In particular, those willing to master new technologies and skill sets are rewarded for setting their careers on the cutting edge.
Virtual Reality has certainly been one of the most sought-after new filmmaking technologies of the past ten years.
For those accustomed to standard-aspect footage, working with VR footage is intimidating.
But back in 2013, Ogorodov saw the newness of VR as an opportunity to be part of an upcoming movement.
He then went on to establish quite an impressive pedigree in the VR space, working with Google VR to help launch their Daydream product, as well as VR projects for Toyota and Coca-Cola.
Looking back on his personal history with VR and the knowledge he’s gained since the tech was still brand new, Ogorodov notes that, in many ways, it has become just another skill set to add to his collection.
Once a specific technology stops being novel, you can really get down to work and improve the process.
This has certainly been the case with Ogorodov’s more recent VR work.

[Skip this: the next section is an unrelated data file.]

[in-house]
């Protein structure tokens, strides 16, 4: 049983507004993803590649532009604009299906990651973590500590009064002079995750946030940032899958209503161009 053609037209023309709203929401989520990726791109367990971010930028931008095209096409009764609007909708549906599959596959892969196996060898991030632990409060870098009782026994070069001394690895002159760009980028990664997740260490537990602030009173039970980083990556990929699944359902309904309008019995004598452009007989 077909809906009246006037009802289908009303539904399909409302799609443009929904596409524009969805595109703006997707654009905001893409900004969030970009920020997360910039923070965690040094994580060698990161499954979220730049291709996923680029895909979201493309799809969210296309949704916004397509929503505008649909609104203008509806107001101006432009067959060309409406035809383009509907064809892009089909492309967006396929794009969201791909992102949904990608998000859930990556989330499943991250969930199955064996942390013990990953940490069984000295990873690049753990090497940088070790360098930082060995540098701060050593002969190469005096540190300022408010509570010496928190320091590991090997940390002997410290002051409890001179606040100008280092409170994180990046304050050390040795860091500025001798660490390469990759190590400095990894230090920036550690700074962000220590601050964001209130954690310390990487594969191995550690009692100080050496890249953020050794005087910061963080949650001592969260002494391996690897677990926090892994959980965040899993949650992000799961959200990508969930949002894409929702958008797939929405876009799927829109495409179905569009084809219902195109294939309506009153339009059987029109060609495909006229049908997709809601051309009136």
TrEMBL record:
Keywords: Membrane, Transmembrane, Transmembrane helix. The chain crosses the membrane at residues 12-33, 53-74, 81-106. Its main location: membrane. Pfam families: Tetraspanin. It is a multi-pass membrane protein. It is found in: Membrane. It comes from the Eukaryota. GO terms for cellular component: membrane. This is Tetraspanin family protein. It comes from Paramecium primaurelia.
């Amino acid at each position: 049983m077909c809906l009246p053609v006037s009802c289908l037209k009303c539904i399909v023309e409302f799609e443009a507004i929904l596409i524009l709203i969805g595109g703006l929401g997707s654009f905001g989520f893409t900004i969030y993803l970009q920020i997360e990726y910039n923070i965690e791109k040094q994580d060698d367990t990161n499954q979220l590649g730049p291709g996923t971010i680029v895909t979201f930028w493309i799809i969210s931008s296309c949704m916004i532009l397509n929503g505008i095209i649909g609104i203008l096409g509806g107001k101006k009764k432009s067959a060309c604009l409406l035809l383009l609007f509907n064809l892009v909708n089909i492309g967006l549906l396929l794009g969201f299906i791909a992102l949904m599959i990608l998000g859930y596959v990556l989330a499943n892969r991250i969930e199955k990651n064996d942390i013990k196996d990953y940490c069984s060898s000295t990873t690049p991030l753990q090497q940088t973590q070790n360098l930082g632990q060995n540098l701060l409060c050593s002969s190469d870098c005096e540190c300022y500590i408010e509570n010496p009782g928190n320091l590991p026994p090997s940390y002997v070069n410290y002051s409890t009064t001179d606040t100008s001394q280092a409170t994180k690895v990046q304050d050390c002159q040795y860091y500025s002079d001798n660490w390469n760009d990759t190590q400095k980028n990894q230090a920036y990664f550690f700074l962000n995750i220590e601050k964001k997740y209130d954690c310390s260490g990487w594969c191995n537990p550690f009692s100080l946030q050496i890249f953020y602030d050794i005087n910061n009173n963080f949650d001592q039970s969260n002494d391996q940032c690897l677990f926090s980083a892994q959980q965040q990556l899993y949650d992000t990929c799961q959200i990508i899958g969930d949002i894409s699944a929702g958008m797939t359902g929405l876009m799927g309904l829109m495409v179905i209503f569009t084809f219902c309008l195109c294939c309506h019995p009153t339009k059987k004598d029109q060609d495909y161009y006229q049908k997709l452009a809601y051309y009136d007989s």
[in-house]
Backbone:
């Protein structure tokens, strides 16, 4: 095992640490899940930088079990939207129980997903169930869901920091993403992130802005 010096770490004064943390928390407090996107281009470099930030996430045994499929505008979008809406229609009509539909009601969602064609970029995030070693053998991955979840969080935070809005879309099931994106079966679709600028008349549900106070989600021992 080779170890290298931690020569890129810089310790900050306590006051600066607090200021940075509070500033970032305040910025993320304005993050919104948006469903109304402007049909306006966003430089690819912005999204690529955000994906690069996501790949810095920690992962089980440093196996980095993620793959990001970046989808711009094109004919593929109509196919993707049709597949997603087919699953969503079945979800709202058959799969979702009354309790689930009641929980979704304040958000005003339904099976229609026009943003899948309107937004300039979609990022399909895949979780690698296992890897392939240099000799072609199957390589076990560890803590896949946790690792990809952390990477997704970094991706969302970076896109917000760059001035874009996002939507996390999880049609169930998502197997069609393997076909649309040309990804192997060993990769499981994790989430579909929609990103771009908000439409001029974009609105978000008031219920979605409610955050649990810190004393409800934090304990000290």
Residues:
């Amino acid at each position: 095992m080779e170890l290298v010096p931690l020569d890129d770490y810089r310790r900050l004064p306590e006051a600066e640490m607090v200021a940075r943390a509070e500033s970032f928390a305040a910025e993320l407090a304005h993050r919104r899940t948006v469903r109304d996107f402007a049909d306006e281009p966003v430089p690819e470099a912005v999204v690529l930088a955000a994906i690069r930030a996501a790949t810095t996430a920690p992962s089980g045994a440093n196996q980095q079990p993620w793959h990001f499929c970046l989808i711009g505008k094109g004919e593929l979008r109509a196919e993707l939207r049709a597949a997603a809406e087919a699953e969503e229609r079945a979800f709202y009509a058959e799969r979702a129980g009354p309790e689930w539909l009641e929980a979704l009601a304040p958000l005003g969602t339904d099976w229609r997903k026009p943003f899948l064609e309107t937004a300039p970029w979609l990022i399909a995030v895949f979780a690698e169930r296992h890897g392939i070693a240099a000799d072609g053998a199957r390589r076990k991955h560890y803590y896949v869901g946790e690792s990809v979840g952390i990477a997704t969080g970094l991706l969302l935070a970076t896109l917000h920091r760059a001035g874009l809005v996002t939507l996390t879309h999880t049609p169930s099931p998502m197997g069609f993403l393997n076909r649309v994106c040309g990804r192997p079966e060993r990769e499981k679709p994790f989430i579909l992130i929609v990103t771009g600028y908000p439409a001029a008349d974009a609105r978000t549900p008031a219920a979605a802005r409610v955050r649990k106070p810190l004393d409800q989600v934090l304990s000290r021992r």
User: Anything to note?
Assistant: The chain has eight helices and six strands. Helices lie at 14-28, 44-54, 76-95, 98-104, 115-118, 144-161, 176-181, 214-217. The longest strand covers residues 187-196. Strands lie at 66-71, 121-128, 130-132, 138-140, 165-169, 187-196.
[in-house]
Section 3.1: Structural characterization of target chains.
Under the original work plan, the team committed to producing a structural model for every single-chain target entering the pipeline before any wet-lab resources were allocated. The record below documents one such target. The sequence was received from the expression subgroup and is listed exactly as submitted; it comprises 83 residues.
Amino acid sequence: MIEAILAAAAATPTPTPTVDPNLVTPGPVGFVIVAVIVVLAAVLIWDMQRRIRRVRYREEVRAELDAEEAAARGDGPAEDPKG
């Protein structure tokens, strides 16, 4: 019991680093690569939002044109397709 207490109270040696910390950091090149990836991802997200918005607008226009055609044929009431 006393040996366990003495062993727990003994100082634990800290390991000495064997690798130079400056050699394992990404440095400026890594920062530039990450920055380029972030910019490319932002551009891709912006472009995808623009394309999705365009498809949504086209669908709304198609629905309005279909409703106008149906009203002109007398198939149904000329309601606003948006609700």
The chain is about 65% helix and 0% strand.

“Earlier this year, I was the Lead Video Editor for Twitch’s January-Drop campaign at ad agency Elephant. My combined skills allowed me to collaborate with a team to create an edit that cut seamlessly between animations.”
None of this is to say that VR specifically is the be-all end-all of new filmmaking technologies, but it’s an excellent example of a chance for production and post-production professionals to expand their existing skill sets to include something that will only become more popular, and relevant, with time.
Creative freedom and autonomy
Before we go, we’d like to touch on a more abstract aspect of the day-to-day work of Video Artists: establishing and maintaining trust with clients.
Once that trust is achieved, it allows Video Artists more creative freedom when working on projects. But of course, getting to that point is easier said than done.